UK insurers will reportedly not be subject to capital requirements that go beyond those set out in Solvency II when the directive becomes effective next year, a promise that could limit any potential pullback from UK insurers investing in private equity and other alternative strategies.
Solvency II requires insurers to hold varying levels of capital based on the riskiness of an asset. For private equity holdings, insurers are required to set aside €39 for every €100 invested under a default risk model. The Bank of England’s acting head of insurance supervision reassured the industry last week, saying they will not be subject to tougher requirements, according to the Daily Telegraph.
“I have said this before but I think it is worth reiterating,” said Paul Fisher of the Bank’s Prudential Regulation Authority in the report. “The PRA believes the UK industry is in a good position, having had the UK risk-based ICAS regime for around ten years. We are therefore not looking to use Solvency II as an opportunity to raise capital requirements across the board…The PRA is committed to upholding this valued objective and will implement the directive as intended. We can’t and won’t gold plate.”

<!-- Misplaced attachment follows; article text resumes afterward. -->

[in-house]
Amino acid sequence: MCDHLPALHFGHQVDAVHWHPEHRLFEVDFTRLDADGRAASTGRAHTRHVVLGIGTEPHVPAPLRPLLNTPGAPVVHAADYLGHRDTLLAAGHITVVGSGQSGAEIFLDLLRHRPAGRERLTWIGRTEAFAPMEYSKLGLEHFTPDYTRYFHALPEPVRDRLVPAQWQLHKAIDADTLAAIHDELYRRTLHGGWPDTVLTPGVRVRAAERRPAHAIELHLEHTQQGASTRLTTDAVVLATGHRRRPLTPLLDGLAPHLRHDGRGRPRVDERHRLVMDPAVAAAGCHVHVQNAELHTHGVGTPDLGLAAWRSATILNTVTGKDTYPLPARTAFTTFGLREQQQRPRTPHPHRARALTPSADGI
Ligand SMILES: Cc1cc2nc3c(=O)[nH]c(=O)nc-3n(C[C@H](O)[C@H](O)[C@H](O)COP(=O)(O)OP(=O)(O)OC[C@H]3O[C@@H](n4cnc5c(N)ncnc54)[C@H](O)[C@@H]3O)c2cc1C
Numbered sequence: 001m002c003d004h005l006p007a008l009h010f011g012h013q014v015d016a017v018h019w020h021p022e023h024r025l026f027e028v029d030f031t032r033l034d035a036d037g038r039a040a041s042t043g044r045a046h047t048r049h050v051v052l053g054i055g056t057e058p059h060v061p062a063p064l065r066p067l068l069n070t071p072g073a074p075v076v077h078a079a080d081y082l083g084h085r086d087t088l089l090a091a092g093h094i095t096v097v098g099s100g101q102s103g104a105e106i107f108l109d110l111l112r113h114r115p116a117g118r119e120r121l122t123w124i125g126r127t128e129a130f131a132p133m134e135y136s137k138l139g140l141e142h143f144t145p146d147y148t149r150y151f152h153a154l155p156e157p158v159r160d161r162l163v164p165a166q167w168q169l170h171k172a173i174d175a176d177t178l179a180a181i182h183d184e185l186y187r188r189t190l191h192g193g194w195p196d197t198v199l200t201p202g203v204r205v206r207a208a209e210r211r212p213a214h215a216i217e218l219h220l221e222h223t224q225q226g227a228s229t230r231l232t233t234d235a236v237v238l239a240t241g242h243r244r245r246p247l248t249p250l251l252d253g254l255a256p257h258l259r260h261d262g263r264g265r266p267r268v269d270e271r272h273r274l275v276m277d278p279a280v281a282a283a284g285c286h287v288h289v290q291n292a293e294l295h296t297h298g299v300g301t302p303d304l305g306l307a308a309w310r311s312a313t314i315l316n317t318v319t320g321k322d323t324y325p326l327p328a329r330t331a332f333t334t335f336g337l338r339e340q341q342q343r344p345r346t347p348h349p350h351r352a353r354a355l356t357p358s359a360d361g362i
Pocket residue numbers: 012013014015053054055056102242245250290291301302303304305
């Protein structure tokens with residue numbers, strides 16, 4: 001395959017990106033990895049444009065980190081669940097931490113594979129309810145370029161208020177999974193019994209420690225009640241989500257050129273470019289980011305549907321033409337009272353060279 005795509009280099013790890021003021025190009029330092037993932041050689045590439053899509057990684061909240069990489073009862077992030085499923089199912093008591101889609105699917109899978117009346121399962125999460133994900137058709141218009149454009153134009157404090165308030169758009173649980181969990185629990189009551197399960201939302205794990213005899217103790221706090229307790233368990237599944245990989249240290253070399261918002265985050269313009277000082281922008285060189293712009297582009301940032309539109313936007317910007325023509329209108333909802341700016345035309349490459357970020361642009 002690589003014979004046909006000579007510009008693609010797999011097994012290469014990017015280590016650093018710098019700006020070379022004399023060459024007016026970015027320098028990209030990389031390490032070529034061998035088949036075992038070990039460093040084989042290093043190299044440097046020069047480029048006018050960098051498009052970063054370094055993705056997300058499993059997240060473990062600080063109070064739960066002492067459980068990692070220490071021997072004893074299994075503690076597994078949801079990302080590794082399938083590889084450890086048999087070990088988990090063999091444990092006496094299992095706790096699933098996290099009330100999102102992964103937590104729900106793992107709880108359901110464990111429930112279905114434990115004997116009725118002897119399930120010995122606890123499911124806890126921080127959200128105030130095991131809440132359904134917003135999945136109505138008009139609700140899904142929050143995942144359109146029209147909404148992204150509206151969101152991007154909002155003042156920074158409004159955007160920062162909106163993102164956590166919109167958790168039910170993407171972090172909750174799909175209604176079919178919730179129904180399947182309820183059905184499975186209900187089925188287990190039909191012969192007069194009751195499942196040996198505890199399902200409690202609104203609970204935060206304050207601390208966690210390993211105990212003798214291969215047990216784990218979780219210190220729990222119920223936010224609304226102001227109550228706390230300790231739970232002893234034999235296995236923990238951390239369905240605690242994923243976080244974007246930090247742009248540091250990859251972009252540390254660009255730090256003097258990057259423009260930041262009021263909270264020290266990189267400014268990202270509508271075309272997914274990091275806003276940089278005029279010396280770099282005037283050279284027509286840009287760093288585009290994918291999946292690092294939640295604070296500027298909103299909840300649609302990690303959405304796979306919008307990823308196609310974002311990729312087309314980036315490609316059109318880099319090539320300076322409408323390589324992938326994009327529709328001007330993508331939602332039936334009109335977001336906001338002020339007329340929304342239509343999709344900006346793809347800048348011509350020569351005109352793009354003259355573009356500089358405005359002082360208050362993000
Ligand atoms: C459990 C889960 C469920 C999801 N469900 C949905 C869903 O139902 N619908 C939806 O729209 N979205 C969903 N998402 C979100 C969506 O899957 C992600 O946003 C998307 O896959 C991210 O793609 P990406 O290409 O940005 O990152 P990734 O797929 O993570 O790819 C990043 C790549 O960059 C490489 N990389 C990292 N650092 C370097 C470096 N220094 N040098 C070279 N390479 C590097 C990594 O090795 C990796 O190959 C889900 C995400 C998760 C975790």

The directive, which was originally scheduled to go live last year, becomes effective across the EU on January 1 2016. Fearing the directive will force them to set aside too much reserve capital, some insurers have seen Solvency II as a reason to pull back from private equity investing. A survey of institutional investors conducted by UBS Fund Services and audit firm PwC revealed that 70 percent of European insurers said they will be less willing to invest in alternative assets as a result of Solvency II.
However, similar surveys have produced conflicting results. A May 2014 survey from Goldman Sachs Asset Management found that 28 percent of 233 global insurers surveyed intend to increase their investment in private equity.